India and the Gig Economy

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The recession of 2008, the success witnessed by Fortune 500 companies through platform sourcing and the growth of communication technologies which have made remote work possible has ushered in a new era of work culture known as the gig economy. While the concept of freelancers and contract workers has always been around, the gig economy is characterised by a dynamic shift in perception by employers, employees and society at large.

In the US, as far back as 2016, almost 55 million professionals were considered freelancers. Between 2016 and 2017, the number of employers seeking contract workers jumped by 47%. Intuit, a financial software company that services small businesses and individuals estimates that by 2020, over 43% of the workforce in the US will consist of freelancers. While the US has led the trend, globally too, the gig economy is on an upswing.

How is India poised for the gig economy?

Traditionally, Indians have valued stability over excitement when it comes to their profession. However, results from recent surveys indicate that this trend is definitely changing, at least for millennials and Gen-Zers.

While the US still has the highest number of freelancers, India has an estimated 15 million freelancers, making it the second largest freelance market. While the US market is fairly well developed, the Indian freelancing market is still in its nascent stage, meaning that its potential to grow is still extremely high and presents a lucrative option for early starters.

PayPal’s Global Freelancer Insights reports that one in every four freelancers is from India, and that globally, more than 50% of freelancers seeking jobs in software are Indians below the age of 40.

What is fuelling the freelancing culture in India?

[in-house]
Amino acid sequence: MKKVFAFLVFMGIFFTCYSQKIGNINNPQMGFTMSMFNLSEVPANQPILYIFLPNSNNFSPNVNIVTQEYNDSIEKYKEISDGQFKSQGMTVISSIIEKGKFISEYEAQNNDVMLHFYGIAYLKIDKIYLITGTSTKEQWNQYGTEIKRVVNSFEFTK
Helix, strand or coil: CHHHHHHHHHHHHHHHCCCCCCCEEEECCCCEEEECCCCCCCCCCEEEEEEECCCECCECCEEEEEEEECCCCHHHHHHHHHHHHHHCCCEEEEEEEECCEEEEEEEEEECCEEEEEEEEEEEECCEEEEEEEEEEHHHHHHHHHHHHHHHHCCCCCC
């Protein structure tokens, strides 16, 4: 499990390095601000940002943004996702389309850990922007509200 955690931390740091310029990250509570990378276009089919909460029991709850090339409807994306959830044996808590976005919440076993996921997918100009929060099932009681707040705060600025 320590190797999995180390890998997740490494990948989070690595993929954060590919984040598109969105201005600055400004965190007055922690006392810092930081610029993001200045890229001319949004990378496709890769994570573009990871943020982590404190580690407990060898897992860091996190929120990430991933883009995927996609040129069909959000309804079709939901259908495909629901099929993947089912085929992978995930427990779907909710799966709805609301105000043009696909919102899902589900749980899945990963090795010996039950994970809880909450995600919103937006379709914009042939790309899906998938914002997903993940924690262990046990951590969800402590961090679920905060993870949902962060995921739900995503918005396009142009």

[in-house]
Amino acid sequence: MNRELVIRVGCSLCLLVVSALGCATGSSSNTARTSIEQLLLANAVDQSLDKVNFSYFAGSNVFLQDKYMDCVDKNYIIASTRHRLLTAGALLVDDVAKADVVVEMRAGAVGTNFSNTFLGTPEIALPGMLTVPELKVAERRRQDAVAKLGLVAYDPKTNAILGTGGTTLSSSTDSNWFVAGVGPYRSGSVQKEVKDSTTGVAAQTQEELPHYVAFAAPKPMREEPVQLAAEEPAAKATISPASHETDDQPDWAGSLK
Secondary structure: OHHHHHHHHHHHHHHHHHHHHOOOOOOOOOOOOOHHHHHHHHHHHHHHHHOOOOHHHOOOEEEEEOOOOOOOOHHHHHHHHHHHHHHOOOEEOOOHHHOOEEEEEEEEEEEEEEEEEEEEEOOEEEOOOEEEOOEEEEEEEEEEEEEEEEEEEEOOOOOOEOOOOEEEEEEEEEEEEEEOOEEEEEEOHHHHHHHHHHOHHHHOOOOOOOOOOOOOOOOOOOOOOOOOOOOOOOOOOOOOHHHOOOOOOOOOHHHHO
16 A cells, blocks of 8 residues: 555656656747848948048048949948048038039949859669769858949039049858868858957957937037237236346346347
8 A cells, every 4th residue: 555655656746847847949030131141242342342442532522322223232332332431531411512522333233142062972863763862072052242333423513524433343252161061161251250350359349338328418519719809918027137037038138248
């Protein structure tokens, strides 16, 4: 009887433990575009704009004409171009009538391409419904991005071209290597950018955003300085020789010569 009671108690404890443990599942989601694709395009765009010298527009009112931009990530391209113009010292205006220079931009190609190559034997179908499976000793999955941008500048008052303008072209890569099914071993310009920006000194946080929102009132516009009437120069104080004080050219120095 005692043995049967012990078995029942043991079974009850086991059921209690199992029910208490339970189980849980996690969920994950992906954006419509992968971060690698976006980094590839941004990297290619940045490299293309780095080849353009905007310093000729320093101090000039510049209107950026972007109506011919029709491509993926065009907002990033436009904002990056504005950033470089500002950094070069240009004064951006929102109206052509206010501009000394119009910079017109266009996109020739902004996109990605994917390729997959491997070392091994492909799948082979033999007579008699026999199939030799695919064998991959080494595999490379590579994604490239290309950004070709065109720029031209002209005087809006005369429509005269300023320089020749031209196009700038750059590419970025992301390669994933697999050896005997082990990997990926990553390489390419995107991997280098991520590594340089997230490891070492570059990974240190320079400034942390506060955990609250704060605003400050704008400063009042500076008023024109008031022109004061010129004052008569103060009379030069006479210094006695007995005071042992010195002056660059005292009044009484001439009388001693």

Higher learning curve: India has a millennial population of about 426 million-- more than China and the US combined. Most millennials are well-educated and look for opportunities that will help them grow professionally. Unfortunately, India’s hierarchical and traditional work culture does not grant opportunities democratically. This makes the idea of charting one’s own career path highly attractive.

Global work opportunities: Increasing digitalization, easy availability of internet, various freelancing platforms and rapid advancement in IT has transformed the global market dynamics. There are over 350 million business opportunities online and the global market is projected to grow to $335 billion by 2025. With so many opportunities afoot, Indians can explore global opportunities that will enhance their work profile and portfolio.

Better social acceptance: Society’s perception regarding freelancers is changing. Traditionally, 9 to 5 jobs were considered the hallmark of a steady professional. Millennials no longer subscribe to this notion and being a freelancer today is socially more acceptable than it was in the previous generations.

More opportunities among corporates: Among corporate houses too, hiring freelancers is no longer perceived as being part of the ‘start-up culture’. Instead, large organisations are reaping the benefits of being lean. Hiring experts with niche skills allow the company to tap multiple talents for the price of a single employee. Moreover, freelancers who work with different clients have a greater degree of exposure and are able to add more depth to the business than insiders who would tend to do things the ‘done way.’

There are scores of opportunities for the enterprising freelancer. Kickstart your freelancing career by participating in this contest.

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